New Zealanders love gardening, it is the perfect activity for channelling our erotic drives. Consider this poem by Helen Jacobs, Mayor of Eastbourne:

. . . I can tell you
that the small hole
I put the seedling cineraria in
was black and wet and smelt of worm-soil
where soon the head of warm petals will glow. . .
and in the wind rush
that poured through me as I moved from stooping
a tug of our days that were creviced by small things.

The erotic and spiritual again combine in this poem by Anne Donovan, which is ostensibly about the past-time of hunting:

the sheeting covers and extracts
a blessing,
a balance between rot and germination
Leaving decay
the raw hole gaping
and far off, the guffaw of night animals
this is my body and this is my blood.
Open Season

Male violence and the past-time of stock cars are combined in my only anthologised poem, one many people know because the anthology Dangerous Landscapes was a text popular with secondary school teachers for more than twenty years:

through an open window
the wind blows their roars to him
and occasionally
the unmistakeable whiff of their masculine pride
Accidental Death of a Cat

A lot of kiwi satirical poetry makes use of sexual imagery for impact. Sometimes however, the truly erotic triumphs. In Fiona Kidman's Bulls Provide Semen for Breeding Programmes the poet is watching men who are watching bulls ejaculate, and all but hides her fascination with the process behind her satire, were it not that her language is too highly charged, betraying a deeper imaginative impulse:

you'd think wouldn't you`
that the semen would come gushing out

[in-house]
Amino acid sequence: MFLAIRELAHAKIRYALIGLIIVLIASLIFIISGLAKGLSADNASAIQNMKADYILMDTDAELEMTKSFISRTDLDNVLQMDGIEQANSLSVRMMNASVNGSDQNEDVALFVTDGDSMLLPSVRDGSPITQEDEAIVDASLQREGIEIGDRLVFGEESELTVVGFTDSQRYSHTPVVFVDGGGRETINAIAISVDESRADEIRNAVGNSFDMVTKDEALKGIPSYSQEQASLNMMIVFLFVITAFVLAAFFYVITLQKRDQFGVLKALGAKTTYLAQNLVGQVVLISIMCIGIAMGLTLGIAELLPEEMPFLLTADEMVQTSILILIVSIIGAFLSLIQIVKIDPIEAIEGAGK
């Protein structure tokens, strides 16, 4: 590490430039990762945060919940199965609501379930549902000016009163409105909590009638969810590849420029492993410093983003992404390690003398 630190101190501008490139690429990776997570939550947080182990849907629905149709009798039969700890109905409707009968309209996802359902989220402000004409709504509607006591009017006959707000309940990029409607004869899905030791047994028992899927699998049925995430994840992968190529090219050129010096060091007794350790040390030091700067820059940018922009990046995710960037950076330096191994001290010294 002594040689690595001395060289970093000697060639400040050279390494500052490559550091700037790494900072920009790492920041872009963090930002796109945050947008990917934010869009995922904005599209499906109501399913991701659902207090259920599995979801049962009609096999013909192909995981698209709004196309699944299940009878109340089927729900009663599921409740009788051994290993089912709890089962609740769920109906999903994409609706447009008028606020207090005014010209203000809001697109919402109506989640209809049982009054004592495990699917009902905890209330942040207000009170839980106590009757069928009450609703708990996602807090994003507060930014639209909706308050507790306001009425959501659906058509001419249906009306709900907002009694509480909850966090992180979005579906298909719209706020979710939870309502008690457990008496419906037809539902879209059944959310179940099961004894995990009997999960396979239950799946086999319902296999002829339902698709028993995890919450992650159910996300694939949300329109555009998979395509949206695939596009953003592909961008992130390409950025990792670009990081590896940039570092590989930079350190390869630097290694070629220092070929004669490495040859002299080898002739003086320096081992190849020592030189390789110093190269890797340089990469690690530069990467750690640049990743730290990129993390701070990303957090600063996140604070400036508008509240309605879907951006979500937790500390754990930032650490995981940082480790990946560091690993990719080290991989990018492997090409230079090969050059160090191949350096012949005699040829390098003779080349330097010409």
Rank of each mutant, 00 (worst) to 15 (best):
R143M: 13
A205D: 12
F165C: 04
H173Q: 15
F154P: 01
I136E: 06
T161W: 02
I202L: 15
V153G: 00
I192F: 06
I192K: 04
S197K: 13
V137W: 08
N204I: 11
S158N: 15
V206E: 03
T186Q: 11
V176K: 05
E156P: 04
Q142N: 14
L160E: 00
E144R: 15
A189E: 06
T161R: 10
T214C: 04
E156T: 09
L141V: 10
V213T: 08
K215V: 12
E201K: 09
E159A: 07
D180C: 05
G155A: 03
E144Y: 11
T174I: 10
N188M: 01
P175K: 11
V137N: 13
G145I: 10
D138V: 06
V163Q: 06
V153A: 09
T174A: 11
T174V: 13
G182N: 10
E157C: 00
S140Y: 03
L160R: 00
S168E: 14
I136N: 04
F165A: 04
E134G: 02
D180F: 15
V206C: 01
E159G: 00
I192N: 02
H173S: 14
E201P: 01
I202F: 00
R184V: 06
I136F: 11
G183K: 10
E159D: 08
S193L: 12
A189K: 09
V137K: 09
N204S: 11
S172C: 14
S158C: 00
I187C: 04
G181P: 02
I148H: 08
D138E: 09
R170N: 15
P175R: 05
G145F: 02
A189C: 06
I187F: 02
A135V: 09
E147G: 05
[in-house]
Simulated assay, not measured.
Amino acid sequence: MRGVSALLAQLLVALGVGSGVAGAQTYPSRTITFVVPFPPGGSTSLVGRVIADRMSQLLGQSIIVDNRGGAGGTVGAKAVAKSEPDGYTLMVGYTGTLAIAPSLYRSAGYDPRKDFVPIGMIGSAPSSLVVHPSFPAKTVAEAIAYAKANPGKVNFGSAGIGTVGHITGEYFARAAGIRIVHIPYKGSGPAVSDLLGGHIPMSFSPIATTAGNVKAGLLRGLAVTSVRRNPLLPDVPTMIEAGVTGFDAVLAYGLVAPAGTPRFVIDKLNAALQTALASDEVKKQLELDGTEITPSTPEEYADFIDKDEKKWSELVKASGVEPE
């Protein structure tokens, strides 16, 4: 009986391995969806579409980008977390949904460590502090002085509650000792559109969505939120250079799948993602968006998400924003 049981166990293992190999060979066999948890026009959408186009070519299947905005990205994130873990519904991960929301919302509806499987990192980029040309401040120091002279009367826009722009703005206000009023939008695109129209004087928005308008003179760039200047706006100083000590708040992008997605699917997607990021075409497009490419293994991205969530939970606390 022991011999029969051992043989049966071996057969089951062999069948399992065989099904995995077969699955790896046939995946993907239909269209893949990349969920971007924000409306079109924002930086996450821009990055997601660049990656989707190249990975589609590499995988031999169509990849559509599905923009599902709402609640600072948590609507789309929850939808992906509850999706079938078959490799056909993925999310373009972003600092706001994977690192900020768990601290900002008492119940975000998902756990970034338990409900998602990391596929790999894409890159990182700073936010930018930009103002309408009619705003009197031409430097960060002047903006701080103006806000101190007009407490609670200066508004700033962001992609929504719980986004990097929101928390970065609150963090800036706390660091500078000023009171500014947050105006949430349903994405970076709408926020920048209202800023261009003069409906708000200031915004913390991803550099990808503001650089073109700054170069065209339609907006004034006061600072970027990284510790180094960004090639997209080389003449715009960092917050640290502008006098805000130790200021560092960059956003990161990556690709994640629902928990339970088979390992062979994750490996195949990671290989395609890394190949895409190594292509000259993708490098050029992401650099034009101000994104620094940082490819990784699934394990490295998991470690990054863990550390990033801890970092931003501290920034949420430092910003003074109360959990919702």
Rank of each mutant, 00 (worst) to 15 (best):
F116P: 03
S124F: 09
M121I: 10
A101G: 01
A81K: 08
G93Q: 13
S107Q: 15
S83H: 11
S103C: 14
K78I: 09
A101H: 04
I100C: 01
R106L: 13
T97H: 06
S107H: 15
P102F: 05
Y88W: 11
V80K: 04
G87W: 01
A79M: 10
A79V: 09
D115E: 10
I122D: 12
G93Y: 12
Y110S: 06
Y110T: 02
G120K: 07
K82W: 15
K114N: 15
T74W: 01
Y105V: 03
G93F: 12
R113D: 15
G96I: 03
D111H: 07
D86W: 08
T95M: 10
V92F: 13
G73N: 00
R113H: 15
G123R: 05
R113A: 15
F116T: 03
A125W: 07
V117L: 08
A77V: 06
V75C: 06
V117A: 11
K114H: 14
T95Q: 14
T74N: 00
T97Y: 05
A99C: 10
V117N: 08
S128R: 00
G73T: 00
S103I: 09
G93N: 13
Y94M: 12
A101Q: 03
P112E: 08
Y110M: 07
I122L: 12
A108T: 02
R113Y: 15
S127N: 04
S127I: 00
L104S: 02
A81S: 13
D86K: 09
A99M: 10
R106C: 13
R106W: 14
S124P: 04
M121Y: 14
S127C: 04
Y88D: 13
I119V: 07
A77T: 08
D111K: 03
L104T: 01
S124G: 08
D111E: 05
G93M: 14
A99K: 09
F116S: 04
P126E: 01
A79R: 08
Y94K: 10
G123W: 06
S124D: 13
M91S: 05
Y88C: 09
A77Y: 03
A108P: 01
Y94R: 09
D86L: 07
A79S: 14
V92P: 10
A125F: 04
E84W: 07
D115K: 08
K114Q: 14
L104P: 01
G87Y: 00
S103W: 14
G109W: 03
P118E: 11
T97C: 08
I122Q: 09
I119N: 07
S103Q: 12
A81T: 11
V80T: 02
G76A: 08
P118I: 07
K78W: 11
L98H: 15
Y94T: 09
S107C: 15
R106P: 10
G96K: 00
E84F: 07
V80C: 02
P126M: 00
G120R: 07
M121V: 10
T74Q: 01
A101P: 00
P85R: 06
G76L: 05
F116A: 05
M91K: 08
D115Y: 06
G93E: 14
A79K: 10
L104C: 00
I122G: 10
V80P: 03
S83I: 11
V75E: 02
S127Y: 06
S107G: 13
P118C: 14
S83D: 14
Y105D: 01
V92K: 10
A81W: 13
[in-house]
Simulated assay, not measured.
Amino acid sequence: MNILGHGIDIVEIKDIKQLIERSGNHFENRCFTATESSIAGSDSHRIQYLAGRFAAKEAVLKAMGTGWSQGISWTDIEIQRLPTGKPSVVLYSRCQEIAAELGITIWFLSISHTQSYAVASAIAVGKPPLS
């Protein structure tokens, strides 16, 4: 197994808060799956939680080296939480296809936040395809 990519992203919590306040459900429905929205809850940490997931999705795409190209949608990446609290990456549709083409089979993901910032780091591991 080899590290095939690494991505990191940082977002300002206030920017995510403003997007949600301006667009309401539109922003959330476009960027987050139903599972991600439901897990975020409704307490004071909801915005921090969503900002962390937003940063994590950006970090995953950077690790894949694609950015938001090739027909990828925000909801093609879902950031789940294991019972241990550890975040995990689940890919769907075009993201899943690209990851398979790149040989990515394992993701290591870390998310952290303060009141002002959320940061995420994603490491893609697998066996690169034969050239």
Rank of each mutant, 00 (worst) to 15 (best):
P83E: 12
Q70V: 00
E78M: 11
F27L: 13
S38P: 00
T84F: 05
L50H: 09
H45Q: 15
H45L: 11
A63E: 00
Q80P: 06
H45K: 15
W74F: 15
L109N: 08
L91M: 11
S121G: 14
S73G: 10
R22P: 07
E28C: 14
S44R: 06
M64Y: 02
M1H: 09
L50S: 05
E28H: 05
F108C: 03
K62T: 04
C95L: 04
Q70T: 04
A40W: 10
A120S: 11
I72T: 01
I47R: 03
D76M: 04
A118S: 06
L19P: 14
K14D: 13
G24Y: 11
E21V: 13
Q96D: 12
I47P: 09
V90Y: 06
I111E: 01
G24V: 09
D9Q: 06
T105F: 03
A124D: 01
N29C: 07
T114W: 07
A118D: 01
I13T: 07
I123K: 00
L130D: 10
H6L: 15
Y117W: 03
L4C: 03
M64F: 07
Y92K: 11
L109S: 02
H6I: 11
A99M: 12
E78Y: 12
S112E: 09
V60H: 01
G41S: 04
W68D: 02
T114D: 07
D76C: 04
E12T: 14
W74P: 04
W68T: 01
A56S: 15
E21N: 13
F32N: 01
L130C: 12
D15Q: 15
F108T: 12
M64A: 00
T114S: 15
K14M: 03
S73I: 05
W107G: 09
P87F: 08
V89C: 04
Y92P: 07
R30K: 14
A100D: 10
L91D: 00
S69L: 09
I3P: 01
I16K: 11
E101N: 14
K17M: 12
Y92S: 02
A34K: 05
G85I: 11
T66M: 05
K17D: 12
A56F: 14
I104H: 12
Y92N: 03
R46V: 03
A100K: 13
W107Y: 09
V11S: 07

as if the creature were
an All Black champion
. . . but it comes soundlessly

More kiwi eroticism surfaces in spite of our famous self-apologetics. The passionless covering, the puritanical veneer, the need to legitimise any inexplicable desire or impulsive fascination has resulted win some shadowy deals with the muse, as in this strange combination of revulsion and appetite of Ian Wedde:

Where I went for watercress stank of cattle
but I wanted it (metaphor)
From One Centre

Jane Bowron proves to be impatient with the bestial nature of alcoholic mating behaviour, but is there not another impatience underlying her words:

What does spunky mean? I ask
There's a nice awkward silence
I volunteer, do you mean one who oozes seminal fluid?
Another drink arrives
I'm beginning to enjoy myself.
He Leans Over

Compare this with these lines by Linda Earle, whose speaker is lucky to have found stereotypical sexual display combining with her own less explicable attraction:

When I met D
it was many brawls later
to a tune
to that same tattoo
striped across her clit
-- she was so spunky
I fell in love with her
unstraight away --
she was so spunky
I wanted to become
a lesbian prostitute

The erotic arises out of something crazy, something internal, something sensual, something cooking, something flourishing, something deathly. Michael Harlow: